Anheuser-Busch and Venmo quickly jumped on board, promising to match the funds received. It eventually topped $1 million and King became a household name almost overnight. He was on Good Morning America, Anheuser-Busch promised to send him a year’s supply of beer and the company even put his picture on the can.

It was Iowa Nice to perfection — a feel good story for the entire state and country to rally around.

And then came Tuesday night, when the Des Moines Register foolishly decided to dig into his Twitter account and found several offensive tweets he sent out when he was 16. Now 24, King quickly apologized for his past tweets and went on a personal public relations tour that showed more maturity and sincerity than we see from any Fortune 500 company that pays PR firms millions to resurrect its status.

But for Anheuser-Busch, the damage had been done. It quickly severed ties with King, but committed to matching the funds through the end of the month. That’s something, I guess.

As for the Register, it now finds itself embroiled in its own PR nightmare. How it couldn’t see this coming, I have no idea, but public support of King and a public backlash of our state’s largest newspaper was swift. Twitter blazed with anger directed squarely at the Register and the reporter, Aaron Calvin, who dug up the information.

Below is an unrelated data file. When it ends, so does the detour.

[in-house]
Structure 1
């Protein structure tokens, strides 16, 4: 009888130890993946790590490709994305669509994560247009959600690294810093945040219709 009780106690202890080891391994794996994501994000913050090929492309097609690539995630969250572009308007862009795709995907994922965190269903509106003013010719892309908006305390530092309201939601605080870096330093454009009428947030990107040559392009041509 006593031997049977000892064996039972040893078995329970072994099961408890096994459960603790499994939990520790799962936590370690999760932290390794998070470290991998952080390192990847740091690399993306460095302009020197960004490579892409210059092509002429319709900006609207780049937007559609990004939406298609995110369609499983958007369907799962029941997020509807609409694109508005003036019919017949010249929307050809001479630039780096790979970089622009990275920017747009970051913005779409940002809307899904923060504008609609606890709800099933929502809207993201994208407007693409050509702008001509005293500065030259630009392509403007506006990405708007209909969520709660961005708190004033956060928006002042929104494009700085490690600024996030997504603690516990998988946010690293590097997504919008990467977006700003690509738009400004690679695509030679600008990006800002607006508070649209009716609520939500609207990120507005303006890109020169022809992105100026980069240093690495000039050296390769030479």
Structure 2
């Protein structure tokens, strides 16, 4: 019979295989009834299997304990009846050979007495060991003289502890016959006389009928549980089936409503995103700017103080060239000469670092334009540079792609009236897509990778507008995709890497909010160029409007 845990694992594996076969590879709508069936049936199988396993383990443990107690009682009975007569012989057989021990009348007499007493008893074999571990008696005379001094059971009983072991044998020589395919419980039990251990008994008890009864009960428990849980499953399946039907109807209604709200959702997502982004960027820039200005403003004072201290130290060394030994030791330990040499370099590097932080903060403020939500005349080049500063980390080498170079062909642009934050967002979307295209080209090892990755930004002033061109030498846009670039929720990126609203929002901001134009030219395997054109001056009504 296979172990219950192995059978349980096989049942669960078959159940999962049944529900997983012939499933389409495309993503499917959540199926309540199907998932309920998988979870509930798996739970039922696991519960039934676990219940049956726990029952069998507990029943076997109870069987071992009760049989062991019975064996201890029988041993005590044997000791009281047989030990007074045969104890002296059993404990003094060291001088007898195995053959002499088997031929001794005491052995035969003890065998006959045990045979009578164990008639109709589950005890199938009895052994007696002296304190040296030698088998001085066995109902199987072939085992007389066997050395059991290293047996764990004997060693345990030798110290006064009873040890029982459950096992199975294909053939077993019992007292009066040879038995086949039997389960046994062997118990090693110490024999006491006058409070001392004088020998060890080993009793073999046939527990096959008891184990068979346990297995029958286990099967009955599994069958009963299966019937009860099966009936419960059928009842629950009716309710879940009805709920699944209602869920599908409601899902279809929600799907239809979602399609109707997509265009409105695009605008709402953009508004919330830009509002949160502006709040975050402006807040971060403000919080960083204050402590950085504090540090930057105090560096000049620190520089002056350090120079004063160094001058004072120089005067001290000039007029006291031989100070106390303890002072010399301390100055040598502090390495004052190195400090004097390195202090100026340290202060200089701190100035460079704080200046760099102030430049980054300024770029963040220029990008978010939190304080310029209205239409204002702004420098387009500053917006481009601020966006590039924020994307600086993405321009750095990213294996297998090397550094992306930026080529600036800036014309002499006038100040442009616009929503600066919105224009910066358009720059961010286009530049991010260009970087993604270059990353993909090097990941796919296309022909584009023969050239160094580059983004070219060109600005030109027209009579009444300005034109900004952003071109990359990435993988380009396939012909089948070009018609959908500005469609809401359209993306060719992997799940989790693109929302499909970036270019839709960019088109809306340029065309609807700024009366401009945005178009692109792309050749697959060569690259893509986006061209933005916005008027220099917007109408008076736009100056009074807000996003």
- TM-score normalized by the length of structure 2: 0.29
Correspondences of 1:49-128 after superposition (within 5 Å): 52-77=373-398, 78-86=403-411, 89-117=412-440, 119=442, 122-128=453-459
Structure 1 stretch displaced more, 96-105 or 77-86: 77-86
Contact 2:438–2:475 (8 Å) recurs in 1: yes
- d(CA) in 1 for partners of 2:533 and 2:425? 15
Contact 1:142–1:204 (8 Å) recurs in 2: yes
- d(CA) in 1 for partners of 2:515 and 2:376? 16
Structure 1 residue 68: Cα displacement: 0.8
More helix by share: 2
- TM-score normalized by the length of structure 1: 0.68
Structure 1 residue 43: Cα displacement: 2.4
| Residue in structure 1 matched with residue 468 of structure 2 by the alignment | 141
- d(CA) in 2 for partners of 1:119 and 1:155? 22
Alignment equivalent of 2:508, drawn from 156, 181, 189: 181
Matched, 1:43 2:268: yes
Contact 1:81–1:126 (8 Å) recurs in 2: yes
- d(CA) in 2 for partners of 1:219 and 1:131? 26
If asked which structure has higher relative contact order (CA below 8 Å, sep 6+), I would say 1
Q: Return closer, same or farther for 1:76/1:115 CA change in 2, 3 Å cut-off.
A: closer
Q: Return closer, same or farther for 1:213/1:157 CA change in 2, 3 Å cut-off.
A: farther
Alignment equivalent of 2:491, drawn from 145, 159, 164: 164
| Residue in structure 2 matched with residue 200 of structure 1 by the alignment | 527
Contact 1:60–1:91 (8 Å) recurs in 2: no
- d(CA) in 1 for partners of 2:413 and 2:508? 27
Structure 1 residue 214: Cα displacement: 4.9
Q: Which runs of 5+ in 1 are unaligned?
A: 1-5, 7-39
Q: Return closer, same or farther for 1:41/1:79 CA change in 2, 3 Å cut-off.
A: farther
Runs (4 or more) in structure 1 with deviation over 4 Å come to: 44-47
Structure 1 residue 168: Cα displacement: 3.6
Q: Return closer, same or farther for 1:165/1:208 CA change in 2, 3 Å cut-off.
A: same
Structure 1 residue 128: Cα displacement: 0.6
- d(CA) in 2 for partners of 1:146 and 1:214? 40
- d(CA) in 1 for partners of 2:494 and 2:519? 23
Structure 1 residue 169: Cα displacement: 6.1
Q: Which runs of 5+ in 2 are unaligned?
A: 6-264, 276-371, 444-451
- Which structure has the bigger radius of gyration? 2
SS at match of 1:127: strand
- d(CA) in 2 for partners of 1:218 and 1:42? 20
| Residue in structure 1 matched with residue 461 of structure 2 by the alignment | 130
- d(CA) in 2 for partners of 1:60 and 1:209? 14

Just like everyone else, I had my own opinion and I stated it firmly with this tweet: Dig deep enough and long enough, you could find dirt on anyone. None of us are perfect. But just because you can doesn’t mean you should. Guess what I’m trying to say is it’s a pretty crappy night for journalism in our state.

I stand by that tweet. But I’ll also offer this: We all need to do better.

For starters, we need to do a better job of educating our kids and, quite frankly, ourselves about the perils of social media. When you hit send, just know it’s out there forever, ready to club you across the face when you least expect it.

We all need to do better.